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I want to replace a defective freehub body and I am confused on how I should unscrew it from the hub. This earlier question (Cannot remove freehub body) explains which direction to go between CW and CCW but it is very confusing due to talking about drive side or not, as well as if turning the tool or the wheel.

Therefore here is my setup (see picture): I have a 11mm HEX socket on a 2' breaker bar and I will hold the wheel and pull the bar. My understanding is that I should pull the bar CCW but I applied quite a lot of pressure already without any success.

Could anyone confirm which direction I should turn the breaker bar in order to loosen the freehub body. I don't know if it helps but the bike is a 2017 Norco Indie 3 and the specs show that the rear cassette is the "Shimano CS-HG200 12-32T 8spd".

enter image description here

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  • FWIW neither the LBS or me could get the freehub body off of my wheel, I even put a twist in the large allen key I was using. Not sure what was going on there but concluded sometimes they aren't removable. – Jim W says reinstate Monica May 28 at 17:36
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It turns out that my freehub part was a type 49N Quick Release for which I have a hard time finding documentation. However, what I can tell is that I had to insert a 12mm hex key from the other side of the wheel. This 12mm HEX key was used to unscrew a bolt located inside the hub with the thread on the outside of the bolt holding the freehub in place.

Amongst the 5-6 tutorials I watched online, not even one mentioned the existence of that system. I found a replacement in a local bike shop so almost ready to go. Thanks.

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  • Glad it's off, for clarity, which way did you turn the tool? The different variations might explain why even the Park Tool guide doesn't mention which way the tool turns, when they are normally very thorough – Swifty May 28 at 18:46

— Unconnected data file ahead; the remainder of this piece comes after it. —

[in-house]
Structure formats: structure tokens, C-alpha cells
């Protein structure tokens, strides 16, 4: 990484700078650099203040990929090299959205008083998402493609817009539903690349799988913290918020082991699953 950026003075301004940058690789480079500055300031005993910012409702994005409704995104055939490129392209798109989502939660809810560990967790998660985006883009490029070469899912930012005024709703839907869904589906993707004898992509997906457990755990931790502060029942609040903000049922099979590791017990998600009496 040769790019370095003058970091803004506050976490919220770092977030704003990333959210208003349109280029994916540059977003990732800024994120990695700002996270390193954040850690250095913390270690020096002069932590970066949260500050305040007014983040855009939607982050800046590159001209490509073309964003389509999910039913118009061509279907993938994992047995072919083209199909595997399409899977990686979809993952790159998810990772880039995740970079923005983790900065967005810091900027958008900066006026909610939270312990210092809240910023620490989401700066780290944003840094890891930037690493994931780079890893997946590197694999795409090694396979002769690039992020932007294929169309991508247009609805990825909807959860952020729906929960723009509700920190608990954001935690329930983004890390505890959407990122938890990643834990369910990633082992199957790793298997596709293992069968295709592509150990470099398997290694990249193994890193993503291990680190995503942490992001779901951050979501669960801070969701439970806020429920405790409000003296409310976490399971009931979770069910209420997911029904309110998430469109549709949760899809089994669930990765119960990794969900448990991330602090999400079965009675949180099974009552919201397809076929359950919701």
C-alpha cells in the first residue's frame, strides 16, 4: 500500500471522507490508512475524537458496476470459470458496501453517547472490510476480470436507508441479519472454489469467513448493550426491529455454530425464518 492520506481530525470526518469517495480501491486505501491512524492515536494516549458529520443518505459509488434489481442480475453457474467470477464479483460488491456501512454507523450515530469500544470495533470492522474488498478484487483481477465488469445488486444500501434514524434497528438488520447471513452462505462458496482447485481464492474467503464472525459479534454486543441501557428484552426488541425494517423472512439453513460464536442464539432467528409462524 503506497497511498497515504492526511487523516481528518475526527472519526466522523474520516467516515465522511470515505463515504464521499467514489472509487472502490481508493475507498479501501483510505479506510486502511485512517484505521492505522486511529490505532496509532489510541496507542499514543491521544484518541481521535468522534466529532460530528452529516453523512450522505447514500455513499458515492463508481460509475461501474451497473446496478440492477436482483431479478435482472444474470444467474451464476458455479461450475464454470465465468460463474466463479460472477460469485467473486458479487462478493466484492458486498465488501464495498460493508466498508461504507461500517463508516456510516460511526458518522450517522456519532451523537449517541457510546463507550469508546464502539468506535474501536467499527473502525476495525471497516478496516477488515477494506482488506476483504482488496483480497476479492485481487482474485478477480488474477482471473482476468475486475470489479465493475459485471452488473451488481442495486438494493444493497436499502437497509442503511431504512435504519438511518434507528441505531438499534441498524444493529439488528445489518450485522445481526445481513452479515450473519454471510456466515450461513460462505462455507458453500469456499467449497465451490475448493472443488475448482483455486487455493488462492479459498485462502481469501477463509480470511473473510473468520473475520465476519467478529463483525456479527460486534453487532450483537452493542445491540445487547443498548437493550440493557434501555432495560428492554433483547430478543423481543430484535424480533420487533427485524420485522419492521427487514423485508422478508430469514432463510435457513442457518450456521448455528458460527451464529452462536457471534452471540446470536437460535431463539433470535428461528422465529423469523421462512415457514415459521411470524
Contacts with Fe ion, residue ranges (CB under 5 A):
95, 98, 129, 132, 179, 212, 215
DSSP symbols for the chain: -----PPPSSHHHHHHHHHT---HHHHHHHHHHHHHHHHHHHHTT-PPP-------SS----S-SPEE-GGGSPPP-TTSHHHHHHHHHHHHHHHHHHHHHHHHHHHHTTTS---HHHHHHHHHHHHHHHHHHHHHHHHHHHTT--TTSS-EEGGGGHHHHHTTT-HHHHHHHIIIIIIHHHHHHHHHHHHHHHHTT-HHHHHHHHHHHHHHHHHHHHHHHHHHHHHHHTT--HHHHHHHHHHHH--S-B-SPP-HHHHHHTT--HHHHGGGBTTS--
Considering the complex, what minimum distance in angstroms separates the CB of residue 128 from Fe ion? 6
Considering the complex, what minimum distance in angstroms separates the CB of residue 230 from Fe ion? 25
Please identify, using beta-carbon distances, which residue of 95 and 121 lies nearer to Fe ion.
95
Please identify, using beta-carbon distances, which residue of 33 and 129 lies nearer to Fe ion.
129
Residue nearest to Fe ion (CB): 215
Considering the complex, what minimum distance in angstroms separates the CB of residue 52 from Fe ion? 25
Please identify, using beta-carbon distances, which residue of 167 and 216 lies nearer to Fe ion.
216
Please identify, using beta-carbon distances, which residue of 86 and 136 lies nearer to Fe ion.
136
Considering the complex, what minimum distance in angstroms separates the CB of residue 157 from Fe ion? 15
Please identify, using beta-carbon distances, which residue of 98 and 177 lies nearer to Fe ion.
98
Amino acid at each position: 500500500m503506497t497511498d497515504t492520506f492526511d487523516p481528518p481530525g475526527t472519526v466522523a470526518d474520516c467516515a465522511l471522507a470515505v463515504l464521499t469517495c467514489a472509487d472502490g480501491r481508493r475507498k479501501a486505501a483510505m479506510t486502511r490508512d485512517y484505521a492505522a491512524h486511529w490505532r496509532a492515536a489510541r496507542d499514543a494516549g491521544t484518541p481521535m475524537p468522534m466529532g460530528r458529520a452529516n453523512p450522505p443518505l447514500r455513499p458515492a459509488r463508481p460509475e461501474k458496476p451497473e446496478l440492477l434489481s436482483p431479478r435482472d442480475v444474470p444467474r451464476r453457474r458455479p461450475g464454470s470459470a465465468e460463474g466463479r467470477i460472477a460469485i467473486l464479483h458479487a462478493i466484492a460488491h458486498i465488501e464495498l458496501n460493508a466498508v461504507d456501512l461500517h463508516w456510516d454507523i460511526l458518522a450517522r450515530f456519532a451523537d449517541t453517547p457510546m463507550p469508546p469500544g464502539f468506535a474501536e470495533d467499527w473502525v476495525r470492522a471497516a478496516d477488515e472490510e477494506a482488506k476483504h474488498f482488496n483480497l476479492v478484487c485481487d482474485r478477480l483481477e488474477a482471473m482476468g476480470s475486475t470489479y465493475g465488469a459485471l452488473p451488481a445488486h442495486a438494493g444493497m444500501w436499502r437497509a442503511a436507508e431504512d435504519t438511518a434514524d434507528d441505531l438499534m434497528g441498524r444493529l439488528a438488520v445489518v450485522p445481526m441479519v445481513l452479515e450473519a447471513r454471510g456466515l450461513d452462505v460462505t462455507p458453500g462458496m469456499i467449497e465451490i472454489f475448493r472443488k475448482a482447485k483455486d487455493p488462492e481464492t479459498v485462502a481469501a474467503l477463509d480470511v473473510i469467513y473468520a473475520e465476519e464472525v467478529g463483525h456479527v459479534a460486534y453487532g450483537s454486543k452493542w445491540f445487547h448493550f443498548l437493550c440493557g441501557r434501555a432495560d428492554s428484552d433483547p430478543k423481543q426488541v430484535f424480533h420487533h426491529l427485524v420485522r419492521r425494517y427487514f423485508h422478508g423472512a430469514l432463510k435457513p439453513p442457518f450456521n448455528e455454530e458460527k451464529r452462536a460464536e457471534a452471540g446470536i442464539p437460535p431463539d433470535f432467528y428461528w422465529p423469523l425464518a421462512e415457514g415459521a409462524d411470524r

• If you've got a photo of the disassembled parts you could edit it in to illustrate for the next person struggling – Swifty May 28 at 18:50
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    This is a bit awkward but, having upvoted (now locked in), I notice you didn't technically answer your own question of which way to turn the breaker bar? – Swifty May 28 at 19:49
  • @Swifty I guess you are correct. So here it is: every source I read about freehub with the normal thread were saying CCW. So that would be an answer to my question, however, not for the type of freehub that I had on my bike. – jmbouffard May 28 at 20:02
  • When you approach a Shimano freehub fixing bolt from the non-drive side, you turn the wrench clockwise. This has been my experience. I believe the bolt is right hand threaded but because you engage it from the "back" NDS, you must turn the wrench clockwise for removal. This is similar to when you loosen or tighten a spoke via the nipple flats. From a perspective above the wheel, the spoke wrench will turn right to loosen the spoke, left to tighten it – Jeff May 29 at 17:59
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Consulting a Shimano dealer's manual, chosen at random, we see that the freehub body is often threaded in from the drive side and it has a clockwise thread. So with your tool in the photographed position, you would turn anti-clockwise to loosen. It can be very tight and I often recruit a stronger friend to do this.

However, this is not the only design in use, see an answer to related question which indicates why and when it can sometimes be a different construction, requiring you to turn the tool the other way for some designs.

See how the diagram gives you the direction to turn for disassembly and for assembly, depending on how you have the tool in a lever or in a vise:

enter image description here

Note also that the tightening torque is 150 Nm, with a 15 mm tool. Yours will not be so tight with an 11 mm tool! The 10 mm Shimano is 35-50 Nm. That's still quite tight to disassemble.

If in doubt, see if you can identify the hub and find a service manual for your specific model.

Further illustration:

This coarse thread attachment on random (Cannondale) image from search shows how it is a clockwise thread that holds on a freehub body when it is a male thread:

enter image description here

I think I'm right in saying that if this threads directly into the hub, the tool will be turned anti-clockwise. If the tool fits a nut which mates with the pictured thread, it would be turned clockwise in order to detach the freehub (12 mm tool).

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